This is an interesting god conceptually. He is the watchman of the gods in Norse mythology, and he serves as the keeper of the Bifrost (rainbow bridge) at the entrance to Asgard.
Here is a somewhat older rendering from Marvel Comics …
… and a more recent one.
I have lauded the Disney Marvel universe in my series, The Modern Pantheon (see black strip at left), and I mentioned then that I am intrigued to see how they develop his character further (perhaps in Thor: Ragnarok?). He is interpreted interestingly by Idris Elba, as can be seen in Thor, Thor: The Dark World, and (briefly) Avengers: Age of Ultron.
On December 7, 1941, Pearl Harbor was attacked. One of my uncles (Bud on my mother’s side) was actually there and survived to tell about it. That same month, American comic books were invaded by the gods (well, a demigod, anyway) when Wonder Woman debuted in an issue whose company would eventually merge with another to form DC.
I must be out of my mind. One mistake, one vital piece of information missing, and veteran comic book fans will eat me alive. Cries of “Charlatan!” will resound through the blogosphere. Sins of omission will go unforgiven. To my future detractors, I resign myself to my fate and offer this acknowledgement of my inferiority: do your worst.
Similar invasions have occurred since then. Thor first appeared with Marvel in August of 1962, and other gods have entered the graphic atmosphere like an ongoing meteor storm. Many of these gods are technologically or “scientifically” explained, but the best examples hark back to the roles played by gods in Greek and Norse mythology (hopefully minus some notorious examples of very bad behavior). I will make no effort at doing a comprehensive job of this. I have simply found that certain characters in certain comics have grabbed my attention, and I would like to put my own spin on them. Remember, you have entered MY universe. More next week.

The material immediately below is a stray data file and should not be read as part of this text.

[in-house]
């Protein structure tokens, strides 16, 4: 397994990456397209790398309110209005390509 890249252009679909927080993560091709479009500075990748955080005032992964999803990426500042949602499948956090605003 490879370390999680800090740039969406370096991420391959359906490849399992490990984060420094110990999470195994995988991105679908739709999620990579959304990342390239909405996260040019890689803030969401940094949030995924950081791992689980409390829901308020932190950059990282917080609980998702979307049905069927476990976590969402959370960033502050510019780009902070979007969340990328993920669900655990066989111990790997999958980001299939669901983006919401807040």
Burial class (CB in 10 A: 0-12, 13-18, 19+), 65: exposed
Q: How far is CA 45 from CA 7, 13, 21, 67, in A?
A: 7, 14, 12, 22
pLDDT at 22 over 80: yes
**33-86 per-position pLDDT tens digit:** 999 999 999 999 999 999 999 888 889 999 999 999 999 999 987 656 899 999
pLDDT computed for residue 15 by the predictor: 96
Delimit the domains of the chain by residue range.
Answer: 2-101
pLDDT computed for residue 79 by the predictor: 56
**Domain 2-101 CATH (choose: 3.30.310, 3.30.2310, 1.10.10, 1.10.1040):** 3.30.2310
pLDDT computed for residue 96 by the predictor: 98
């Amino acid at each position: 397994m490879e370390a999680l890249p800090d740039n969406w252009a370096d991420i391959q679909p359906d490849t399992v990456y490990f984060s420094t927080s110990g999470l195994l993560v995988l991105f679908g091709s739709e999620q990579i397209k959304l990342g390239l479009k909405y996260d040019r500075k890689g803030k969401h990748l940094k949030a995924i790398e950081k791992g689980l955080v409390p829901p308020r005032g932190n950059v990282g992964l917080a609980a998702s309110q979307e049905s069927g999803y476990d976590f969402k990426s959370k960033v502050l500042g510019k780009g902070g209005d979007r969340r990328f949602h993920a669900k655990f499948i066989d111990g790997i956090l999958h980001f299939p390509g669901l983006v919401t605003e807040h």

Since I like to create my own mythologies in the books that I write, I am fascinated by a modern pantheon that has really caught on in popular culture: the Disney Marvel franchise. For this next series of posts, I will limit my comments to what has been revealed in these movies up to this point in time. It would be foolish of me to reveal my woeful unfamiliarity with the actual graphic novels. The films are a bit of an anomaly for the superhero genre in that they feature outstanding writing, production, directing, acting, AND special effects. They work on several levels.
What I would like to key on are some of the mythological elements in these productions, especially certain god-like characters. It could be argued that, while abnormally powerful, they are not portrayed as full-fledged spiritual beings, but this is not a foregone conclusion. Though they are somewhat “scientifically” explained, the Marvel characters I will mention in later posts are not unlike the members of the Greek pantheon. These gods were physical enough that they sometimes procreated with mortals to produce demigods. Nor is this concept of embodied spirituality foreign to Judaism and Christianity. In the book of Genesis, there is a description of Abraham entertaining angels, who actually ate the food he offered them. In the New Testament gospels, we can read of the incarnation and resurrection of Jesus Christ. In these and other cases, the boundaries between the spiritual and the physical are described as rather fluid.
The Perseus Series by Edward Burne-Jones (continued):
When her mother inappropriately (according to the convoluted etiquette of the gods) boasts of Andromeda’s beauty, this offends Poseidon. He inundates the coast of Aeithiopia (a fanciful Ethiopia) and sends the sea serpent, Cetus, to plague that country. The citizenry and rulers (i.e. her parents!) settle upon the “obvious” solution of offering Andromeda as a sacrifice to Cetus. Enter Perseus to rescue the naked (of course) maiden while she is chained to a rock at water’s edge.